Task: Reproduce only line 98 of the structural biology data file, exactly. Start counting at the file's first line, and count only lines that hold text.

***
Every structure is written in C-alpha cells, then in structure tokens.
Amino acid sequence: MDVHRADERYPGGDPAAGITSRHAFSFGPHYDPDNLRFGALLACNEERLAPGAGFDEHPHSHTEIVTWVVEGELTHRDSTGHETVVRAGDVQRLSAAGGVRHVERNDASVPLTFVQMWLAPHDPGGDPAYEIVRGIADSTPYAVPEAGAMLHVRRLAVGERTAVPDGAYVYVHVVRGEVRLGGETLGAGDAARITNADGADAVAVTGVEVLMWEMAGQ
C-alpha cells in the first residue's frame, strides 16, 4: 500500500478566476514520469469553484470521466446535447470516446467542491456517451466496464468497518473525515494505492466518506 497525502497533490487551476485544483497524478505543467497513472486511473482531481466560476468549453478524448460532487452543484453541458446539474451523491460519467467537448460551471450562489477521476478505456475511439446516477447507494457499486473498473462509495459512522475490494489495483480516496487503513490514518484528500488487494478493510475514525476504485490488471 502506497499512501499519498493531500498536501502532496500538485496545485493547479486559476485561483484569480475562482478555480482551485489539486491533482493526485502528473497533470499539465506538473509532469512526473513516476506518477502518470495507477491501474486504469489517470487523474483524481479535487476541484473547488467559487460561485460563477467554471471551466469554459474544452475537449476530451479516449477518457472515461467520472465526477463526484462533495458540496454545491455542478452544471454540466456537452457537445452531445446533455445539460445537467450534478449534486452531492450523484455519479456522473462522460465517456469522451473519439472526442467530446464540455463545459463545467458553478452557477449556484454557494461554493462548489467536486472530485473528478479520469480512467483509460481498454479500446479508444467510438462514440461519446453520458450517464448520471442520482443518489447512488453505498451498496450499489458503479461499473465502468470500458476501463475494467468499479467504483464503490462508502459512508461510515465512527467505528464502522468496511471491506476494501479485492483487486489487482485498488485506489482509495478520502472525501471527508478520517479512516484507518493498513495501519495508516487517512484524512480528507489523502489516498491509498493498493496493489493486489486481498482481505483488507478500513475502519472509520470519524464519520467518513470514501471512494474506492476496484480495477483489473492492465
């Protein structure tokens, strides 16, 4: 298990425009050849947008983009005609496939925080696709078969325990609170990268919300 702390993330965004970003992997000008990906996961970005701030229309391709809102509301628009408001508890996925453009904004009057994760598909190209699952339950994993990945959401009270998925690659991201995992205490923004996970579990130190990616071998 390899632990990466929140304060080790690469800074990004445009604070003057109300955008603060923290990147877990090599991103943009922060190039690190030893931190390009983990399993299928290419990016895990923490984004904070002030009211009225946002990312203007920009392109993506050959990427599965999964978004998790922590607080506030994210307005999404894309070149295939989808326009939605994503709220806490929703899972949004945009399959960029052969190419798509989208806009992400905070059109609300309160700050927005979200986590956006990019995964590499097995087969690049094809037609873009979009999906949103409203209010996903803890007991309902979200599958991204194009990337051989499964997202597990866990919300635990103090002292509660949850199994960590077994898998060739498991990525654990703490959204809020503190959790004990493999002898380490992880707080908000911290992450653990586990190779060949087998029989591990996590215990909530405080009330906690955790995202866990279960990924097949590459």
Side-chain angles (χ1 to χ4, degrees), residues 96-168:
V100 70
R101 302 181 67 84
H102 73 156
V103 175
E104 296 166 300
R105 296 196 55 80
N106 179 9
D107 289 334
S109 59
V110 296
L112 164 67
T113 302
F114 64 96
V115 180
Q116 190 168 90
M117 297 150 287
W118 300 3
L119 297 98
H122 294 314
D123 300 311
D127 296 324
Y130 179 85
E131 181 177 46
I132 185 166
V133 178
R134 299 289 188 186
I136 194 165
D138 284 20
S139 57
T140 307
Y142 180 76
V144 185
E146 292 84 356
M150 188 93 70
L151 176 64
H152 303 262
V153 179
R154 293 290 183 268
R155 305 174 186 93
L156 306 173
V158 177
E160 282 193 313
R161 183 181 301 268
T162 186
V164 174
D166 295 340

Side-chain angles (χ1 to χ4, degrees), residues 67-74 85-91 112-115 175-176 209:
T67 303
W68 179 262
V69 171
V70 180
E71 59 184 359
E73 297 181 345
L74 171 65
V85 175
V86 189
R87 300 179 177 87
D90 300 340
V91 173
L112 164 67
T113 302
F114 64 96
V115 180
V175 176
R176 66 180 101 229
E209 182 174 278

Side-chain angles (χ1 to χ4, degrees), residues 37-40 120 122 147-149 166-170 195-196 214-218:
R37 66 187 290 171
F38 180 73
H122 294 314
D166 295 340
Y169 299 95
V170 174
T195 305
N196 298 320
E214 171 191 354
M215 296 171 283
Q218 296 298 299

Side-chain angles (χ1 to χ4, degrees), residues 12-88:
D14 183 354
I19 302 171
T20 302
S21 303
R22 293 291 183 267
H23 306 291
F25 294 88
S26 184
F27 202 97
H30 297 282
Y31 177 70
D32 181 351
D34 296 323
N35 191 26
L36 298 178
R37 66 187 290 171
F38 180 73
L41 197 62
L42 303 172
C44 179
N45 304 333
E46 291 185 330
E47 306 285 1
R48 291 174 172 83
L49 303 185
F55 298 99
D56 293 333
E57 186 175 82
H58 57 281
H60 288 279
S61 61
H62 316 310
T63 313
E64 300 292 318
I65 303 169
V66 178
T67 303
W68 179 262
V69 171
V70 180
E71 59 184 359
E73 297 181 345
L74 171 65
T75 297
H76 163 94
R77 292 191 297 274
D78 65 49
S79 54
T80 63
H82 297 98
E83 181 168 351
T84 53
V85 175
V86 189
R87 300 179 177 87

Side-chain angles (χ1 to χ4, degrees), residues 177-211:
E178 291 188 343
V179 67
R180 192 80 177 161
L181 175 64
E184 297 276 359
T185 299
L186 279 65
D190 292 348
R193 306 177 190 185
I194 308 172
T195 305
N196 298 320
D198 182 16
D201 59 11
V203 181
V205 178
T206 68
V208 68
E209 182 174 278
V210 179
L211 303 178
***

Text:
N35 191 26